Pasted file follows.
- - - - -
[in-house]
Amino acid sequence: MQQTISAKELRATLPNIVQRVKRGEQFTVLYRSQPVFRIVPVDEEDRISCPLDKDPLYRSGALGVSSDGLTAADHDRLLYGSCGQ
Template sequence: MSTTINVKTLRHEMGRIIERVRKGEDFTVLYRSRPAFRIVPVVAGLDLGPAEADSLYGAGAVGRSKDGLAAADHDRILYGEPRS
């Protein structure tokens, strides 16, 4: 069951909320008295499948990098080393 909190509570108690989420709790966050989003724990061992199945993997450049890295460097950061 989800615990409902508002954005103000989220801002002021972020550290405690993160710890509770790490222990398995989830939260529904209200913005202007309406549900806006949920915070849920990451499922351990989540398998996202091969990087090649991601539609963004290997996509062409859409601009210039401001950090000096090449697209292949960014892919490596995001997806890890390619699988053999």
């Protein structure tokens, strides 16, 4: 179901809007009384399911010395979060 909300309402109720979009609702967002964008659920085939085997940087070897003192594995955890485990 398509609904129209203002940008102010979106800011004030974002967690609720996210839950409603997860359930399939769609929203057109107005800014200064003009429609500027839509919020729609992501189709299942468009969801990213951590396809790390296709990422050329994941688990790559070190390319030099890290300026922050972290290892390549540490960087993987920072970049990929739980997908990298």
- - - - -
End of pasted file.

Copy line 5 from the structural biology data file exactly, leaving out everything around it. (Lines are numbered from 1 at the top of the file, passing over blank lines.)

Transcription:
């Protein structure tokens, strides 16, 4: 179901809007009384399911010395979060 909300309402109720979009609702967002964008659920085939085997940087070897003192594995955890485990 398509609904129209203002940008102010979106800011004030974002967690609720996210839950409603997860359930399939769609929203057109107005800014200064003009429609500027839509919020729609992501189709299942468009969801990213951590396809790390296709990422050329994941688990790559070190390319030099890290300026922050972290290892390549540490960087993987920072970049990929739980997908990298």